Let us now debate the nuances of kale; or, My feminism is not kind.

First things first: My feminism is not nice.

No one thinks of writing “Always stay sweet!” on the back page of my feminism’s yearbook.


My feminism is a grown-ass warrior with stretch marks and tits that drag almost to the ground. Her hair hangs in greasy knots that she shoves behind her ears. Her breath is foul, and I think she might have filed points into her teeth.

My feminism uses filthy language. She fights just as dirty, with up-close punches to the throat and a knee to the groin. She will break joints in your fingers. She fights every fight as if her life is on the line.

I’m not sure I want to convince her otherwise.

What I am sure of: neither she nor I is overly interested in making “I am a feminist” a comfortable and inviting space to people who would not otherwise choose to affiliate with our kind.

This may or may not be your feminism. That’s fine. That’s between you and yours, and I have no interest in policing. 

But if my feminism scares you, that’s probably because she should.


Second things second: Earlier this month, TIME magazine released a poll of “words to ban in 2015.” The word choices included: bae, basic, bossy, disrupt, feminist, I can’t even, influencer, kale, literally, om nom nom nom, obvi, said no one ever, sorry not sorry, turnout, and yaaasssss.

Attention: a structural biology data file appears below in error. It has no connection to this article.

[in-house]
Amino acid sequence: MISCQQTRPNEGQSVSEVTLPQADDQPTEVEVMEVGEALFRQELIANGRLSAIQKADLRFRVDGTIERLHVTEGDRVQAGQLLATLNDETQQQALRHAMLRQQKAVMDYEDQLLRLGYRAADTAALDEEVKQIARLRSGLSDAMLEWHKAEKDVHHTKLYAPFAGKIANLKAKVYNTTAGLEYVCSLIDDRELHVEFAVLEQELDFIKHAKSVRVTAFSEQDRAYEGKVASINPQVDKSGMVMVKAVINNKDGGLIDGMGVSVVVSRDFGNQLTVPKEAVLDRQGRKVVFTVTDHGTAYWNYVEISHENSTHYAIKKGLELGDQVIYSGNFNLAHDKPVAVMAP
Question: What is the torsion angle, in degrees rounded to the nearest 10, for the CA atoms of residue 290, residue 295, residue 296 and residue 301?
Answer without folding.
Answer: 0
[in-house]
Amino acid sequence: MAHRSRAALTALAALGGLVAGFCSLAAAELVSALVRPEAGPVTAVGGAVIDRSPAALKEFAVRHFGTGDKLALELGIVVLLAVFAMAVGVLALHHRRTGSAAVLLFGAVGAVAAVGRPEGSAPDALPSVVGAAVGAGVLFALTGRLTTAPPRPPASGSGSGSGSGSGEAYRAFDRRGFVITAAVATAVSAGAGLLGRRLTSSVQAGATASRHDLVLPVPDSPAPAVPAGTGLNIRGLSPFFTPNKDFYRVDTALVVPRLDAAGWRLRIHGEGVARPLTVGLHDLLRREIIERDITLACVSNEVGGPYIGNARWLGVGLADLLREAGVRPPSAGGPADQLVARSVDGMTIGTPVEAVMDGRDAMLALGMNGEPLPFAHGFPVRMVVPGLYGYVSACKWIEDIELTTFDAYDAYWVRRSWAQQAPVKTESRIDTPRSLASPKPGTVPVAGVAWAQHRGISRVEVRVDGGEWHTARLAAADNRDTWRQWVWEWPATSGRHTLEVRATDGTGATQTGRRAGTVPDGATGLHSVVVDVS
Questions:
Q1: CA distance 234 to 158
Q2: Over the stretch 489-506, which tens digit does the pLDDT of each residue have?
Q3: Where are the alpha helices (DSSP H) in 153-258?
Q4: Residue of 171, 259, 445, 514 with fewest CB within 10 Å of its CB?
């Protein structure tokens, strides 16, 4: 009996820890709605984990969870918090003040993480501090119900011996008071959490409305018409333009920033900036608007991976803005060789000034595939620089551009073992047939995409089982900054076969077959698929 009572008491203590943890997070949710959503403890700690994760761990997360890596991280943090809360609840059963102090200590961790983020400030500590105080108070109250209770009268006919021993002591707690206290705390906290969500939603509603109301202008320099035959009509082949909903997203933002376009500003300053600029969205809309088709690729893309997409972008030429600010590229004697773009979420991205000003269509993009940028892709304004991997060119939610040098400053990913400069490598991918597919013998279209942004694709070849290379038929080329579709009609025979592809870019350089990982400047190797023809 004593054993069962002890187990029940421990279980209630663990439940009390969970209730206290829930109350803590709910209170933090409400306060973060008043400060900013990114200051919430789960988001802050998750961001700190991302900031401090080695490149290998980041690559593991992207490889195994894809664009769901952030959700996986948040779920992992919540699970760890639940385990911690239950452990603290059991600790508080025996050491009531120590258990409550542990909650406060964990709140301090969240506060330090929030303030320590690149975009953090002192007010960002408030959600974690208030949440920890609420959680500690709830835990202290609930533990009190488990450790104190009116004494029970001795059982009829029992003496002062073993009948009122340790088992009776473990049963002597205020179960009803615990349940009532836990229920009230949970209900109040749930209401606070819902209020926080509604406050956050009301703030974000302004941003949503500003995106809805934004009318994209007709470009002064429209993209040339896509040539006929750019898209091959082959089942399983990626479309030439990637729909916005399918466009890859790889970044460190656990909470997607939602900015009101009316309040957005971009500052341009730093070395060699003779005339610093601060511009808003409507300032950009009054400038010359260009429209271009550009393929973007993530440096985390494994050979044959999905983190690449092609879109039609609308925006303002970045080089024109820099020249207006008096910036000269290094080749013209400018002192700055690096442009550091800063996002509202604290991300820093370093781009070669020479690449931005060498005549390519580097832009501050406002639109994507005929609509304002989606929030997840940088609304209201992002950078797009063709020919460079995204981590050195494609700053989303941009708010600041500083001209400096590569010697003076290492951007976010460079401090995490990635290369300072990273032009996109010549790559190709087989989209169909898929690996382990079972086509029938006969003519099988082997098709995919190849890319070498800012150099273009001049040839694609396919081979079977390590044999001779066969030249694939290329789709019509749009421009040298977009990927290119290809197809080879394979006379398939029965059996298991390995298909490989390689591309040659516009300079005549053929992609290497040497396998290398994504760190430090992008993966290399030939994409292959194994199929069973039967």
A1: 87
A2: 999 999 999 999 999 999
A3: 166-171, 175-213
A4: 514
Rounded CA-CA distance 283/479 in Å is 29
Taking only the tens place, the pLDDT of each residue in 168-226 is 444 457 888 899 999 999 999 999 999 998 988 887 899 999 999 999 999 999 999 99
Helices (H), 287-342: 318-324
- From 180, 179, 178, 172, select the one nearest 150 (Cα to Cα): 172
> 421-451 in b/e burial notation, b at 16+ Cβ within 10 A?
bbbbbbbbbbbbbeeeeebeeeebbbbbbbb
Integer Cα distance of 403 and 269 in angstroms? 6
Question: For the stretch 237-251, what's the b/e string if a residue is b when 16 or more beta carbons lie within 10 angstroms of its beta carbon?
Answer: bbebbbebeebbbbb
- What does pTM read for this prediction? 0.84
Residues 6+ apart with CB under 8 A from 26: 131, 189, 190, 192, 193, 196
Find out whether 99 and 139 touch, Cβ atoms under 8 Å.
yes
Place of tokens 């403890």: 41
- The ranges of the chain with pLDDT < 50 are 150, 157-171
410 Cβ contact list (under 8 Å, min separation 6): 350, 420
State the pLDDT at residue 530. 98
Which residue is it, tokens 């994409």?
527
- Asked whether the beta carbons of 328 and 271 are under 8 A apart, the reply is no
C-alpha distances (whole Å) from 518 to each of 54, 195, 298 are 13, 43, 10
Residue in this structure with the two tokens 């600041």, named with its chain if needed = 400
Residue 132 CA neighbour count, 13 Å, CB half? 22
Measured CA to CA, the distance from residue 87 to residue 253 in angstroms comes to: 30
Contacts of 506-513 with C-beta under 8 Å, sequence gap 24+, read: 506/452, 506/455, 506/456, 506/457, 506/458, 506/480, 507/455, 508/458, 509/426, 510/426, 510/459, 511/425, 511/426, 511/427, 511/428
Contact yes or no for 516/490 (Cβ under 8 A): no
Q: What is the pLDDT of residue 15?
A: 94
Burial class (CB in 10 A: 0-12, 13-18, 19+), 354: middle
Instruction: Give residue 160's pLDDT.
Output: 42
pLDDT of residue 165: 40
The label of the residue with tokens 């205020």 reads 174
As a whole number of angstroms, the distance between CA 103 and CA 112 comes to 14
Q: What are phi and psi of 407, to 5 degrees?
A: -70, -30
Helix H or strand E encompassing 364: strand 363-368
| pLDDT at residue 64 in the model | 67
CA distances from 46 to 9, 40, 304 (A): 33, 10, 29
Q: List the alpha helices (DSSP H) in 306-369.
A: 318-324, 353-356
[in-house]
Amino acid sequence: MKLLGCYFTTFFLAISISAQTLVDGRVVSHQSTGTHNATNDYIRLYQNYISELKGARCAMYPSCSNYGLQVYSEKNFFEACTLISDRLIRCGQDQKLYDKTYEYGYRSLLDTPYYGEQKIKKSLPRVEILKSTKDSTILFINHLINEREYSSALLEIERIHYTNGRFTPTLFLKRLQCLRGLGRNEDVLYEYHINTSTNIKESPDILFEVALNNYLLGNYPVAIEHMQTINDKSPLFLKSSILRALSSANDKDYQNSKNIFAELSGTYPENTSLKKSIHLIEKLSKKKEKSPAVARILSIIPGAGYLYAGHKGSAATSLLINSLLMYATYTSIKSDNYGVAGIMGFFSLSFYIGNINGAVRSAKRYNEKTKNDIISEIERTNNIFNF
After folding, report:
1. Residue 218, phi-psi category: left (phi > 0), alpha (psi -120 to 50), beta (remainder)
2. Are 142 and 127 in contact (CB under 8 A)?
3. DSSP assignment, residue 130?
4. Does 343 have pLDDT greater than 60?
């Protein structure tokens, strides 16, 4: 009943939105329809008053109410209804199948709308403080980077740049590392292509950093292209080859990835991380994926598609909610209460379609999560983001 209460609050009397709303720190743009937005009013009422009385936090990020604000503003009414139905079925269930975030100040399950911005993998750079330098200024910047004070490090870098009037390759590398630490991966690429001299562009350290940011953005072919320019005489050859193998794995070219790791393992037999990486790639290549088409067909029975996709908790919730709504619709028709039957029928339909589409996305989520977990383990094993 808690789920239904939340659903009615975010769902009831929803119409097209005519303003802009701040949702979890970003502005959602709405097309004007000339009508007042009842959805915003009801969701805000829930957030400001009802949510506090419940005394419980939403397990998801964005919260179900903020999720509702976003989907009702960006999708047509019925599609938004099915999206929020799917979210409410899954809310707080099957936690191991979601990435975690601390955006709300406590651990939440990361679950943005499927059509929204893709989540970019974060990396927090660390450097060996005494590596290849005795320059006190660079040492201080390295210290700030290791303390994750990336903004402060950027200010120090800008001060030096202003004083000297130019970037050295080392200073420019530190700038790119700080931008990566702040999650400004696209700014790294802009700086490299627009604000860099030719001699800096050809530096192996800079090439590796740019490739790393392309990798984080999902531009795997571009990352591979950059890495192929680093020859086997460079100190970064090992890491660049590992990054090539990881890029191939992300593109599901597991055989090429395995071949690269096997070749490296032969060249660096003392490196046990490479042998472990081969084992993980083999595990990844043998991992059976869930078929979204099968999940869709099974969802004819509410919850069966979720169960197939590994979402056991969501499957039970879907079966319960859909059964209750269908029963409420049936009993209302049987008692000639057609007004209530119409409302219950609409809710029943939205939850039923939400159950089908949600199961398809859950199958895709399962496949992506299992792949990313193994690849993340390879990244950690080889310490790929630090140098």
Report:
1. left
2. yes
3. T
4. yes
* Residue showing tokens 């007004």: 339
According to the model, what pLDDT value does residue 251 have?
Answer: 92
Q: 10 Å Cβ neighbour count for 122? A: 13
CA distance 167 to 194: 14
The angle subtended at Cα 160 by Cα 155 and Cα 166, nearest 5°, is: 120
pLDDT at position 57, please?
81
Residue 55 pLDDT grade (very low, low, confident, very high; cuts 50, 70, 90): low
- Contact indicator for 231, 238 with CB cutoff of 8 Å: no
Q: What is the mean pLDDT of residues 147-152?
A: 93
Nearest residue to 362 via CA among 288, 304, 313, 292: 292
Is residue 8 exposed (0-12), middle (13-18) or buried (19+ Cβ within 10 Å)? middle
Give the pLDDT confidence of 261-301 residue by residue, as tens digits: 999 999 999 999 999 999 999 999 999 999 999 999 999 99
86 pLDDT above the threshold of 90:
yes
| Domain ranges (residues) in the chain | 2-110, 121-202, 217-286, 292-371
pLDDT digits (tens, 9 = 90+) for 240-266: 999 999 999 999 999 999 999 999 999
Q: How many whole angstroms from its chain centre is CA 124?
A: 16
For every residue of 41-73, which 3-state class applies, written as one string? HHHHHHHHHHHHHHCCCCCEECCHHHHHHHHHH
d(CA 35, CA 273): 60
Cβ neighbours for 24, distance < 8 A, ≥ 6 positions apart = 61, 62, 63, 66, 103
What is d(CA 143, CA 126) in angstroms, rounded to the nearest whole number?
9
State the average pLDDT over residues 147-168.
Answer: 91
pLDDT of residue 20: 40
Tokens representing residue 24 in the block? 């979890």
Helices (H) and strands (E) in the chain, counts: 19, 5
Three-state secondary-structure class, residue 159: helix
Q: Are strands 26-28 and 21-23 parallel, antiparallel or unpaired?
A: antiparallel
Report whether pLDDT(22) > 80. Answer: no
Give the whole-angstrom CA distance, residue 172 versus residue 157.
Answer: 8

Continue reading “Let us now debate the nuances of kale; or, My feminism is not kind.”

Then there was that time I got to hear Roxane Gay read…

Some writers I cannot love any more than I do already, even if I tried. Roxane Gay is one of these writers.

This is what I do when I write, or at least this is what I try to do, what I hope to do—disguising my voice with my voice as I tell some version of the truth. 

–Roxane Gay, What Zadie Smith Taught Roxane Gay: Identity Is Drag

A couple weeks ago, Roxane Gay did a reading at Tattooed Mom, courtesy of TireFire Readings. (A local group I’d never heard of before this, but one whose projects I’ll definitely be following in the future.)

My friend and I got there early, and when Ms. Gay–uh, Roxane–also got there early, I took the opportunity to introduce myself. Thanked her for coming. Told her what a big fan of her work I was. Embarrassed us both in the process. (“Uh…’Roxane’…” was actually quite a gracious response to my initial tongue-tied, “Uh…Ms. Gay?”)

Despite the fact that I surely came off as:

“I only come out of the basement for the specialest of occasions, like stalking.”

I still managed to disguise my true feelings, the expression of which Ms. Gay–ahem, Roxane–might have found not only embarrassing but also potentially alarming:

So I’m counting that as a win.

Continue reading “Then there was that time I got to hear Roxane Gay read…”